Title

Turning the Paddlewheel Towards Inorganic Synthesis

Lead Author Major

Chemistry

Lead Author Status

Senior

Format

Oral Presentation

Faculty Mentor Name

Qinliang Zhao

Faculty Mentor Email

qzhao@pacific.edu

Faculty Mentor Department

Chemistry

Graduate Student Mentor Name

Michael Pastor

Graduate Student Mentor Email

m_pastor@u.pacific.edu

Graduate Student Mentor Department

Chemistry

Abstract/Artist Statement

Organic synthesis, widely used in pharmacies to produce common medicinal drugs, is quite relevant and of much significance to modern society. Organic chemistry deals largely with the reactivity of the functional groups: altering the functional groups on a molecule yields a new molecule. Synthesis of larger molecules for new drug design proves to be highly complex and more challenging to be achieved, however, an increasing amount of published coordination complexes have been proven to facilitate certain reactions serving as catalysts.

Generally, coordination complexes with one metal center are researched first because their convenient synthesis and control. Recently, bimetallic rhodium, iron and ruthenium complexes have demonstrated promising catalytic reactivities. However, their detailed mechanism and the role of each metal core are still not clear. To understand this, it is necessary to construct families of bimetallic complexes for systematic study.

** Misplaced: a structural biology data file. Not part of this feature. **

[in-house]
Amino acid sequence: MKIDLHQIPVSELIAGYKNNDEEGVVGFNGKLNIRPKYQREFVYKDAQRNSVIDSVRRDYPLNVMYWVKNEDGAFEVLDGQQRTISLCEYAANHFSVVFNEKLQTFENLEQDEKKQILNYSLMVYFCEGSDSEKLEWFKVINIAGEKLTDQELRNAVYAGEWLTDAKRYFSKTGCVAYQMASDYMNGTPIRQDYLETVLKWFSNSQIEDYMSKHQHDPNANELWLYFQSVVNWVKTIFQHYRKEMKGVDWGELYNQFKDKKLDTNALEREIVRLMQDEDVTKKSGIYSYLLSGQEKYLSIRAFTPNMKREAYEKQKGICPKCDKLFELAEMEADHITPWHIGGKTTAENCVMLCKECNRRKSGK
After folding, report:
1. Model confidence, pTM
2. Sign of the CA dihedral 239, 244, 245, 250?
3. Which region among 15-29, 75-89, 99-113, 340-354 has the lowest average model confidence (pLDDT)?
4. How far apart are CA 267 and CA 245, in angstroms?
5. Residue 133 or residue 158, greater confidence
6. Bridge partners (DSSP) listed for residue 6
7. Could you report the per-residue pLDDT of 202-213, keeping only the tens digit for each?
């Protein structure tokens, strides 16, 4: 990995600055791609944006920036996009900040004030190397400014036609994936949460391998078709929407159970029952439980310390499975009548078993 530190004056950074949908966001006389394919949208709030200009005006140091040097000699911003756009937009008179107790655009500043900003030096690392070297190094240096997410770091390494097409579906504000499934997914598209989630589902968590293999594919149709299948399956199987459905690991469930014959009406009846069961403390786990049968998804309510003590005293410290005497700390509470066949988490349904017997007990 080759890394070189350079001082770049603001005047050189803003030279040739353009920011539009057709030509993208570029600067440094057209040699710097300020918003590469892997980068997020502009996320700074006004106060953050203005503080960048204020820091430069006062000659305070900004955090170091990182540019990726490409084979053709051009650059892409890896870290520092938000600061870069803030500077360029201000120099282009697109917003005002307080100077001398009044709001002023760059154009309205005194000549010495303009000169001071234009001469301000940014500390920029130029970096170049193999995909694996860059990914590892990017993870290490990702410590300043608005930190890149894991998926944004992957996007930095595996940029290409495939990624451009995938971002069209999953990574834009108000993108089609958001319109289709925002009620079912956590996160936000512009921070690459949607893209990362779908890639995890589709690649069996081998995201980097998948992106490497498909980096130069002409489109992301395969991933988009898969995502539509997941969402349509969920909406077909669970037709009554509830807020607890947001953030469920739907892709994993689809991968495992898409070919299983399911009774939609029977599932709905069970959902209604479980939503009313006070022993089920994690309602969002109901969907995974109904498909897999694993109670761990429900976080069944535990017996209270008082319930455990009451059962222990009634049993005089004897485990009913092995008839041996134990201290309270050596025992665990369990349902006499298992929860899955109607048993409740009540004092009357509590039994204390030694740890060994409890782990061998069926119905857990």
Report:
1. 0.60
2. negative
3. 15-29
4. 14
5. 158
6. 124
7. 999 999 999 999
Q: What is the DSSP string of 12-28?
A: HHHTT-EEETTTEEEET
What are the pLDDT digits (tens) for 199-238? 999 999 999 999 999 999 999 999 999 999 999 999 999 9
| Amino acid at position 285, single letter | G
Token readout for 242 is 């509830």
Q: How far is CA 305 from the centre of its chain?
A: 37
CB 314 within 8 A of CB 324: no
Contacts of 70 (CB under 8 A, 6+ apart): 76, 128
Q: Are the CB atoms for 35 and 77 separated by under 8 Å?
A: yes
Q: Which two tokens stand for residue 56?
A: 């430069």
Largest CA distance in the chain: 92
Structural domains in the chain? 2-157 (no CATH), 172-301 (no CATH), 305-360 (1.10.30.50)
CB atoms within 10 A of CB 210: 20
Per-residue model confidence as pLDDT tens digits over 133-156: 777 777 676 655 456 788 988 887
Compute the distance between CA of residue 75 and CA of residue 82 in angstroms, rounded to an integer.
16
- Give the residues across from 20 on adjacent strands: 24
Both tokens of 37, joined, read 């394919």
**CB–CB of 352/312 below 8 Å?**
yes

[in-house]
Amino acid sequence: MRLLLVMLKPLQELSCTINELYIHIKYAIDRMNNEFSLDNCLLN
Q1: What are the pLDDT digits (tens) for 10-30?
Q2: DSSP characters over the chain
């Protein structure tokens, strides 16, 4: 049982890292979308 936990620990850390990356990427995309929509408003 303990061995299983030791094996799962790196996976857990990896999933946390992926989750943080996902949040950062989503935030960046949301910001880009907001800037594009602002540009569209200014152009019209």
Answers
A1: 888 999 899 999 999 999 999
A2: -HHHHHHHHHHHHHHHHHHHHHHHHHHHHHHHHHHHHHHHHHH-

For this research project, a family of bimetallic complexes of nickel supported by diarylformamidinate ligands have been synthesized and some have been examined by various instrumental techniques. Their synthesis involves a first step of ligand deprotonation with a strong base followed by transmetallation which replaces the main group metal with nickel. One compound that has been structurally characterized demonstrated a trigonal paddle-wheel structure. Full investigation of each compound is underway and progress will be detailed and presented.

Location

DeRosa University Center, Room 211

Start Date

28-4-2018 3:40 PM

End Date

28-4-2018 4:00 PM

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Apr 28th, 3:40 PM Apr 28th, 4:00 PM

Turning the Paddlewheel Towards Inorganic Synthesis

DeRosa University Center, Room 211

Organic synthesis, widely used in pharmacies to produce common medicinal drugs, is quite relevant and of much significance to modern society. Organic chemistry deals largely with the reactivity of the functional groups: altering the functional groups on a molecule yields a new molecule. Synthesis of larger molecules for new drug design proves to be highly complex and more challenging to be achieved, however, an increasing amount of published coordination complexes have been proven to facilitate certain reactions serving as catalysts.

Generally, coordination complexes with one metal center are researched first because their convenient synthesis and control. Recently, bimetallic rhodium, iron and ruthenium complexes have demonstrated promising catalytic reactivities. However, their detailed mechanism and the role of each metal core are still not clear. To understand this, it is necessary to construct families of bimetallic complexes for systematic study.

For this research project, a family of bimetallic complexes of nickel supported by diarylformamidinate ligands have been synthesized and some have been examined by various instrumental techniques. Their synthesis involves a first step of ligand deprotonation with a strong base followed by transmetallation which replaces the main group metal with nickel. One compound that has been structurally characterized demonstrated a trigonal paddle-wheel structure. Full investigation of each compound is underway and progress will be detailed and presented.